SwiftUI fixes many problems developers had with the old Swift + Interface Builder approach:

  • The code is much easier to read and manage than the storyboard XML.
  • The number of strongly typed APIs is significantly lower.
  • The user interface gets checked by the Swift compiler.

Let’s compare SwiftUI and storyboards.

Use Swift UI when:

  • The app size is large
  • The number of developers on the project is two and more
  • The app will not support IOS versions below iOS13

Use storyboards when:

  • The app size is small or medium
  • The number of developers on the project is one
  • The app will support IOS versions below iOS13

Adding constraints with code

This is the code we would need to accomplish this same task in Swift 4:

func layoutElements() {
        let leftImageView = UIImageView.init(image: UIImage.init(named: "cat_image.jpg"))
        let rightImageView = UIImageView.init(image: UIImage.init(named: "dog_image.jpg"))
        let label = UILabel.init()
        label.text = "Label with some centered text"
        label.textAlignment = .center
        label.backgroundColor = .lightGray

As we’re adding all the constraints ourselves, we’ll need to disable the autoresizing mask for all views:

leftImageView.translatesAutoresizingMaskIntoConstraints = false
        rightImageView.translatesAutoresizingMaskIntoConstraints = false
        label.translatesAutoresizingMaskIntoConstraints = false

This piece of code will establish a square aspect ratio for the left image:

 NSLayoutConstraint.init(item: leftImageView, attribute: .width, relatedBy: .equal, toItem: leftImageView, attribute: .height, multiplier: 1.0, constant: 0).isActive = true;

Now we’ll need to make the right image equal in size and aspect ratio to the left image:

NSLayoutConstraint.init(item: rightImageView, attribute: .width, relatedBy: .equal, toItem: leftImageView, attribute: .width, multiplier: 1.0, constant: 0).isActive = true;
        NSLayoutConstraint.init(item: rightImageView, attribute: .height, relatedBy: .equal, toItem: leftImageView, attribute: .height, multiplier: 1.0, constant: 0).isActive = true;

After we make our images the same size, we need to align them in the parent view in order to center them. First, we’ll align the left view:

 NSLayoutConstraint.init(item: leftImageView, attribute: .centerY, relatedBy: .equal, toItem: self.view, attribute: .centerY, multiplier: 1.0, constant: 0).isActive = true;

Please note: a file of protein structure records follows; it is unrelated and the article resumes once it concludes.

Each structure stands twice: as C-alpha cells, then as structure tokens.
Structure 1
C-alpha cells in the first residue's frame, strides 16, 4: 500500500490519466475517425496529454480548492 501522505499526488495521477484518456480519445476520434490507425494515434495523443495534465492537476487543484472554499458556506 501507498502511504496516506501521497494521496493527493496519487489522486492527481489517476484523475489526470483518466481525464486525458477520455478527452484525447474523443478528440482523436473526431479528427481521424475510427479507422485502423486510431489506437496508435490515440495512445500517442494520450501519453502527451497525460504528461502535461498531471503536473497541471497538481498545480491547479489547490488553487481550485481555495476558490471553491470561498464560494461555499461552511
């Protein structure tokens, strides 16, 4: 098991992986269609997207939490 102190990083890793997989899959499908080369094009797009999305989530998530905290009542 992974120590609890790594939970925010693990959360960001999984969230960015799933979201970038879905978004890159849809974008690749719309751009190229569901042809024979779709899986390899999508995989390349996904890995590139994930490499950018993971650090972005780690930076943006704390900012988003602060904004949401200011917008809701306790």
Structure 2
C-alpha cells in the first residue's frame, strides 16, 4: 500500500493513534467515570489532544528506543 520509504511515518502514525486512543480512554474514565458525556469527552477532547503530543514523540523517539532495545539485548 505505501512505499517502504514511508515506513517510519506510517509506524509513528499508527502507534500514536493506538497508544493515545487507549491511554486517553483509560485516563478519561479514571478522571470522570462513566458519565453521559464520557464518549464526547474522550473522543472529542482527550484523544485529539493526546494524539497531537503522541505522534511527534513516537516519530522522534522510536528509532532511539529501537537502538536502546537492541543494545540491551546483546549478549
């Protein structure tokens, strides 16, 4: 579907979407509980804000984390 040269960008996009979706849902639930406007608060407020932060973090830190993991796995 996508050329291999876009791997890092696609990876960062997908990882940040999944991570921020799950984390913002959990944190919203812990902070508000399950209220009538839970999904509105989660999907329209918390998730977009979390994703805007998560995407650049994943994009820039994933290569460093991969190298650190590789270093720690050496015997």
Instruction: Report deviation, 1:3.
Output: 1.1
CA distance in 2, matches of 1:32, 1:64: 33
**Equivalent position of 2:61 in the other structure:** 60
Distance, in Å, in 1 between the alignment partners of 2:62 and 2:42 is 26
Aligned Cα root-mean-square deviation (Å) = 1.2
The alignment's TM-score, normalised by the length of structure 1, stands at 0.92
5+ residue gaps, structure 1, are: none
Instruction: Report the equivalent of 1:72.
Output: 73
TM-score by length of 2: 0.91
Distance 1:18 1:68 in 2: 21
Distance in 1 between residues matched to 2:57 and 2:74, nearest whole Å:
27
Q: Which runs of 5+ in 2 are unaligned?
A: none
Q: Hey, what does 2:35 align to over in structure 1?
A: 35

Then we’ll align the right view. After that, we’ll be able to center them both in the parent view:

 NSLayoutConstraint.init(item: rightImageView, attribute: .centerY, relatedBy: .equal, toItem: leftImageView, attribute: .centerY, multiplier: 1.0, constant: 0).isActive = true;

This code is used for the horizontal stack layout for the images:

let views = ["leftView": leftImageView, "rightView": rightImageView, "label" : label]
        let horizontalConstraints = NSLayoutConstraint.constraints(withVisualFormat: "H:|-20-[rightView]-10-[leftView]-20-|", options: NSLayoutFormatOptions.alignAllCenterY, metrics: nil, views: views)

And this is for the horizontal stack layout for the label:

  let labelView = ["label" : label]
        let labelHorizontalConstraints = NSLayoutConstraint.constraints(withVisualFormat: "H:|-20-[label]-20-|", options: NSLayoutFormatOptions.alignAllCenterX, metrics: nil, views: labelView)

You’ll need this code for the label layout to align the images vertically with 8px of space at the bottom:

NSLayoutConstraint.init(item: label, attribute:, relatedBy: .equal, toItem: leftImageView, attribute: .bottom, multiplier: 1.0, constant: 8.0).isActive = true;

As you can see, you’ll need to do a lot more work to code a mobile app UI by hand. Sure, you’ll be able to customize everything according to your needs – but it will take lots of time.

Why use storyboards? Firstly, for prototyping and visualization. From our experience, the best way to use storyboards is alongside both XIBs and code. Each of these methods is good in different situations, and each helps you achieve different goals effectively. You just need to know, when to use these tools in building the UI for your mobile app.

If you have any questions about mobile development for iOS or you want to know more about how to build your app with storyboards, contact Mobindustry, and we’ll share our knowledge and experience with you!

Article written by:
Alexander Hryhorchuk